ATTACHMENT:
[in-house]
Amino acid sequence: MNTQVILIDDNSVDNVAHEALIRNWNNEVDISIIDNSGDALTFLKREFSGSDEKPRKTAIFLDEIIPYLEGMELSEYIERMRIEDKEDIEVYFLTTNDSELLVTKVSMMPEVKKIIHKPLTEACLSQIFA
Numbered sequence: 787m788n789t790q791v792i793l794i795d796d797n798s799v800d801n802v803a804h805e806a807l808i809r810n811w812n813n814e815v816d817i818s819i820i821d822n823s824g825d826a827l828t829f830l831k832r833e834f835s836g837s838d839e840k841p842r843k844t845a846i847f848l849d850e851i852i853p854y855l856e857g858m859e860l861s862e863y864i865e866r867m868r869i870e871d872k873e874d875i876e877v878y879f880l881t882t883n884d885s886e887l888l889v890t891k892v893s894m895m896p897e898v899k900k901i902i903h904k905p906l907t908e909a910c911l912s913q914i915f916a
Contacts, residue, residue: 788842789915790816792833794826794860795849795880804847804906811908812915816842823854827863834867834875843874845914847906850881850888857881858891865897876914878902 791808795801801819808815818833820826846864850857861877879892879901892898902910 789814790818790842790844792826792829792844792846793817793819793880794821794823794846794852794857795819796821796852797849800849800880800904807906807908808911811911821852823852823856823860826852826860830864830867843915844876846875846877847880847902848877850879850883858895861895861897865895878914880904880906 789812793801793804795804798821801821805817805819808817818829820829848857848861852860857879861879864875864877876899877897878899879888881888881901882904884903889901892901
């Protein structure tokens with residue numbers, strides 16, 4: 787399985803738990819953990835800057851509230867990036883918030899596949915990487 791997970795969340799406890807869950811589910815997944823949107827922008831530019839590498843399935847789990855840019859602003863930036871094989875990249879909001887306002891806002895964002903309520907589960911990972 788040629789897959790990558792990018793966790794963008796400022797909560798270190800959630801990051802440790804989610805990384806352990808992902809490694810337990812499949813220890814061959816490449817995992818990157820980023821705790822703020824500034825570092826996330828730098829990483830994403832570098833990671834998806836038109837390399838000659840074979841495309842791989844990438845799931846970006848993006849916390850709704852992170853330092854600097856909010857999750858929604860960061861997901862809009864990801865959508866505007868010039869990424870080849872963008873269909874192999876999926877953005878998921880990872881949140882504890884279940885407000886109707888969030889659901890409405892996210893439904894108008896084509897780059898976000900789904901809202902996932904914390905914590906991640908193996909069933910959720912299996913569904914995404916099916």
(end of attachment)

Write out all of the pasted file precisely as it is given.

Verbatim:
[in-house]
Amino acid sequence: MNTQVILIDDNSVDNVAHEALIRNWNNEVDISIIDNSGDALTFLKREFSGSDEKPRKTAIFLDEIIPYLEGMELSEYIERMRIEDKEDIEVYFLTTNDSELLVTKVSMMPEVKKIIHKPLTEACLSQIFA
Numbered sequence: 787m788n789t790q791v792i793l794i795d796d797n798s799v800d801n802v803a804h805e806a807l808i809r810n811w812n813n814e815v816d817i818s819i820i821d822n823s824g825d826a827l828t829f830l831k832r833e834f835s836g837s838d839e840k841p842r843k844t845a846i847f848l849d850e851i852i853p854y855l856e857g858m859e860l861s862e863y864i865e866r867m868r869i870e871d872k873e874d875i876e877v878y879f880l881t882t883n884d885s886e887l888l889v890t891k892v893s894m895m896p897e898v899k900k901i902i903h904k905p906l907t908e909a910c911l912s913q914i915f916a
Contacts, residue, residue: 788842789915790816792833794826794860795849795880804847804906811908812915816842823854827863834867834875843874845914847906850881850888857881858891865897876914878902 791808795801801819808815818833820826846864850857861877879892879901892898902910 789814790818790842790844792826792829792844792846793817793819793880794821794823794846794852794857795819796821796852797849800849800880800904807906807908808911811911821852823852823856823860826852826860830864830867843915844876846875846877847880847902848877850879850883858895861895861897865895878914880904880906 789812793801793804795804798821801821805817805819808817818829820829848857848861852860857879861879864875864877876899877897878899879888881888881901882904884903889901892901
């Protein structure tokens with residue numbers, strides 16, 4: 787399985803738990819953990835800057851509230867990036883918030899596949915990487 791997970795969340799406890807869950811589910815997944823949107827922008831530019839590498843399935847789990855840019859602003863930036871094989875990249879909001887306002891806002895964002903309520907589960911990972 788040629789897959790990558792990018793966790794963008796400022797909560798270190800959630801990051802440790804989610805990384806352990808992902809490694810337990812499949813220890814061959816490449817995992818990157820980023821705790822703020824500034825570092826996330828730098829990483830994403832570098833990671834998806836038109837390399838000659840074979841495309842791989844990438845799931846970006848993006849916390850709704852992170853330092854600097856909010857999750858929604860960061861997901862809009864990801865959508866505007868010039869990424870080849872963008873269909874192999876999926877953005878998921880990872881949140882504890884279940885407000886109707888969030889659901890409405892996210893439904894108008896084509897780059898976000900789904901809202902996932904914390905914590906991640908193996909069933910959720912299996913569904914995404916099916």